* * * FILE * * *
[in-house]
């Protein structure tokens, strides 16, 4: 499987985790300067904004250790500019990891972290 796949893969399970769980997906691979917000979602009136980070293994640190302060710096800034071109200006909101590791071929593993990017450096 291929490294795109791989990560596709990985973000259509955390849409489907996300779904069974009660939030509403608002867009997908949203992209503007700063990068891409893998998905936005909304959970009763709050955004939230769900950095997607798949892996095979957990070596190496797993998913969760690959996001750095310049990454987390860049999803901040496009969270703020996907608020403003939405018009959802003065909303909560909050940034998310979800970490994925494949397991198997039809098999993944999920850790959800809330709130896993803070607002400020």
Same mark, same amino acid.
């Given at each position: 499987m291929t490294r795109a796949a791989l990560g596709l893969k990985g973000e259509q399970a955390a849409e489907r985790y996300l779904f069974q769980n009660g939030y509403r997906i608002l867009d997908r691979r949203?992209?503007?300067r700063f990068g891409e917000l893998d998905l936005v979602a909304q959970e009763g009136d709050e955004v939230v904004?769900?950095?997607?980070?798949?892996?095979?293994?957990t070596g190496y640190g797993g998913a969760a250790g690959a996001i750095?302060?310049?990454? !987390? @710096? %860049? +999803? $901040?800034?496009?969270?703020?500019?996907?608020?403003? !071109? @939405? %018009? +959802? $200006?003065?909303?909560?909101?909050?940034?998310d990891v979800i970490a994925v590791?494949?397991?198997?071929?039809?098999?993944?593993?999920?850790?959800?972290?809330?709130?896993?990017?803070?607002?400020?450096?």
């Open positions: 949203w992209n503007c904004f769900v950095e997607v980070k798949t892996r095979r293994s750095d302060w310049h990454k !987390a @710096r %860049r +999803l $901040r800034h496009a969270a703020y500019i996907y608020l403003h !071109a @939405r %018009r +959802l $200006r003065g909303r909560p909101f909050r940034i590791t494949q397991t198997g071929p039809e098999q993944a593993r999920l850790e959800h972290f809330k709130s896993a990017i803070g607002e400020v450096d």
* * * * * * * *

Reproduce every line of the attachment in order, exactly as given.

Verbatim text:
[in-house]
């Protein structure tokens, strides 16, 4: 499987985790300067904004250790500019990891972290 796949893969399970769980997906691979917000979602009136980070293994640190302060710096800034071109200006909101590791071929593993990017450096 291929490294795109791989990560596709990985973000259509955390849409489907996300779904069974009660939030509403608002867009997908949203992209503007700063990068891409893998998905936005909304959970009763709050955004939230769900950095997607798949892996095979957990070596190496797993998913969760690959996001750095310049990454987390860049999803901040496009969270703020996907608020403003939405018009959802003065909303909560909050940034998310979800970490994925494949397991198997039809098999993944999920850790959800809330709130896993803070607002400020």
Same mark, same amino acid.
């Given at each position: 499987m291929t490294r795109a796949a791989l990560g596709l893969k990985g973000e259509q399970a955390a849409e489907r985790y996300l779904f069974q769980n009660g939030y509403r997906i608002l867009d997908r691979r949203?992209?503007?300067r700063f990068g891409e917000l893998d998905l936005v979602a909304q959970e009763g009136d709050e955004v939230v904004?769900?950095?997607?980070?798949?892996?095979?293994?957990t070596g190496y640190g797993g998913a969760a250790g690959a996001i750095?302060?310049?990454? !987390? @710096? %860049? +999803? $901040?800034?496009?969270?703020?500019?996907?608020?403003? !071109? @939405? %018009? +959802? $200006?003065?909303?909560?909101?909050?940034?998310d990891v979800i970490a994925v590791?494949?397991?198997?071929?039809?098999?993944?593993?999920?850790?959800?972290?809330?709130?896993?990017?803070?607002?400020?450096?």
């Open positions: 949203w992209n503007c904004f769900v950095e997607v980070k798949t892996r095979r293994s750095d302060w310049h990454k !987390a @710096r %860049r +999803l $901040r800034h496009a969270a703020y500019i996907y608020l403003h !071109a @939405r %018009r +959802l $200006r003065g909303r909560p909101f909050r940034i590791t494949q397991t198997g071929p039809e098999q993944a593993r999920l850790e959800h972290f809330k709130s896993a990017i803070g607002e400020v450096d």